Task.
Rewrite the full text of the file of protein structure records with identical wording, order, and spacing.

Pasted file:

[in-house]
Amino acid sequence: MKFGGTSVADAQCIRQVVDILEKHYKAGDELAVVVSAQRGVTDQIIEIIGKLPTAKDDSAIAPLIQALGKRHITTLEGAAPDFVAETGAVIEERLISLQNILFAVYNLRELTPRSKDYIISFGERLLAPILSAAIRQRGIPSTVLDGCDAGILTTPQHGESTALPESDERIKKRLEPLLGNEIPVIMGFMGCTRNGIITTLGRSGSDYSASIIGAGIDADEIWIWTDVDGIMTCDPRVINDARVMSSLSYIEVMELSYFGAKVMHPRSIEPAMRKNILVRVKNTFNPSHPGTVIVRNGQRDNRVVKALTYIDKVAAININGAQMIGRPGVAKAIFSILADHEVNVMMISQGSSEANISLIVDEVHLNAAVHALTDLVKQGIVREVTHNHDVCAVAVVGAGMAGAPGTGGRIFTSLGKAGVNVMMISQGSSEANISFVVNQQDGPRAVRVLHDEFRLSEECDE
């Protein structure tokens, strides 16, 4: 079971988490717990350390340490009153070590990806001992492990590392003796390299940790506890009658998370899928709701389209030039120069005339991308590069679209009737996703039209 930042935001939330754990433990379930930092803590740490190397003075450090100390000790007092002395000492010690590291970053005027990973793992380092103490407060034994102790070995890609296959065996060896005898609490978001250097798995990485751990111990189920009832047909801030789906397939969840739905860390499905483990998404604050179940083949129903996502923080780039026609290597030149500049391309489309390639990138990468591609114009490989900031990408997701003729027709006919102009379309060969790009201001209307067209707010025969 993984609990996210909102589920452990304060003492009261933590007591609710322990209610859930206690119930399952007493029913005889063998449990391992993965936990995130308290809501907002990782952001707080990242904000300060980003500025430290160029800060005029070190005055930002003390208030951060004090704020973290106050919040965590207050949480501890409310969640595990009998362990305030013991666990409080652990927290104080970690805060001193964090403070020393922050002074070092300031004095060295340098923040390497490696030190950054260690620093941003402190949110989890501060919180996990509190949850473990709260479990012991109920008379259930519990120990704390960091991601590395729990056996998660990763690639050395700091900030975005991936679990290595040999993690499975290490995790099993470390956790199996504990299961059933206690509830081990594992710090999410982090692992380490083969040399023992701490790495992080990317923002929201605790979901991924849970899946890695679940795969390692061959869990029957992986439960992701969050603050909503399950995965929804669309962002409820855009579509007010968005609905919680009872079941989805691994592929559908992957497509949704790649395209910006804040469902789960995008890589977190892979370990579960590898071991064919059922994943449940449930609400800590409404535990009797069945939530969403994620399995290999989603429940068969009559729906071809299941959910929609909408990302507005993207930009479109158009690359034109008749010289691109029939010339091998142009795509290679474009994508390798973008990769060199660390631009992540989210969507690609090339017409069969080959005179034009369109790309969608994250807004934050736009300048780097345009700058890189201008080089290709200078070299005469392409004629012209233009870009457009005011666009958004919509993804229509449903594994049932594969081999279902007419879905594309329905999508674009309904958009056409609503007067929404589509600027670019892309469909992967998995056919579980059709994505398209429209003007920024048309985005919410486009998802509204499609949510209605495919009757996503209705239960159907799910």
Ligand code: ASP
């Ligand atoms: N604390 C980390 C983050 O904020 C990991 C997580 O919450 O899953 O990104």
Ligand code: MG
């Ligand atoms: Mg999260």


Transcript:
[in-house]
Amino acid sequence: MKFGGTSVADAQCIRQVVDILEKHYKAGDELAVVVSAQRGVTDQIIEIIGKLPTAKDDSAIAPLIQALGKRHITTLEGAAPDFVAETGAVIEERLISLQNILFAVYNLRELTPRSKDYIISFGERLLAPILSAAIRQRGIPSTVLDGCDAGILTTPQHGESTALPESDERIKKRLEPLLGNEIPVIMGFMGCTRNGIITTLGRSGSDYSASIIGAGIDADEIWIWTDVDGIMTCDPRVINDARVMSSLSYIEVMELSYFGAKVMHPRSIEPAMRKNILVRVKNTFNPSHPGTVIVRNGQRDNRVVKALTYIDKVAAININGAQMIGRPGVAKAIFSILADHEVNVMMISQGSSEANISLIVDEVHLNAAVHALTDLVKQGIVREVTHNHDVCAVAVVGAGMAGAPGTGGRIFTSLGKAGVNVMMISQGSSEANISFVVNQQDGPRAVRVLHDEFRLSEECDE
């Protein structure tokens, strides 16, 4: 079971988490717990350390340490009153070590990806001992492990590392003796390299940790506890009658998370899928709701389209030039120069005339991308590069679209009737996703039209 930042935001939330754990433990379930930092803590740490190397003075450090100390000790007092002395000492010690590291970053005027990973793992380092103490407060034994102790070995890609296959065996060896005898609490978001250097798995990485751990111990189920009832047909801030789906397939969840739905860390499905483990998404604050179940083949129903996502923080780039026609290597030149500049391309489309390639990138990468591609114009490989900031990408997701003729027709006919102009379309060969790009201001209307067209707010025969 993984609990996210909102589920452990304060003492009261933590007591609710322990209610859930206690119930399952007493029913005889063998449990391992993965936990995130308290809501907002990782952001707080990242904000300060980003500025430290160029800060005029070190005055930002003390208030951060004090704020973290106050919040965590207050949480501890409310969640595990009998362990305030013991666990409080652990927290104080970690805060001193964090403070020393922050002074070092300031004095060295340098923040390497490696030190950054260690620093941003402190949110989890501060919180996990509190949850473990709260479990012991109920008379259930519990120990704390960091991601590395729990056996998660990763690639050395700091900030975005991936679990290595040999993690499975290490995790099993470390956790199996504990299961059933206690509830081990594992710090999410982090692992380490083969040399023992701490790495992080990317923002929201605790979901991924849970899946890695679940795969390692061959869990029957992986439960992701969050603050909503399950995965929804669309962002409820855009579509007010968005609905919680009872079941989805691994592929559908992957497509949704790649395209910006804040469902789960995008890589977190892979370990579960590898071991064919059922994943449940449930609400800590409404535990009797069945939530969403994620399995290999989603429940068969009559729906071809299941959910929609909408990302507005993207930009479109158009690359034109008749010289691109029939010339091998142009795509290679474009994508390798973008990769060199660390631009992540989210969507690609090339017409069969080959005179034009369109790309969608994250807004934050736009300048780097345009700058890189201008080089290709200078070299005469392409004629012209233009870009457009005011666009958004919509993804229509449903594994049932594969081999279902007419879905594309329905999508674009309904958009056409609503007067929404589509600027670019892309469909992967998995056919579980059709994505398209429209003007920024048309985005919410486009998802509204499609949510209605495919009757996503209705239960159907799910």
Ligand code: ASP
């Ligand atoms: N604390 C980390 C983050 O904020 C990991 C997580 O919450 O899953 O990104």
Ligand code: MG
């Ligand atoms: Mg999260």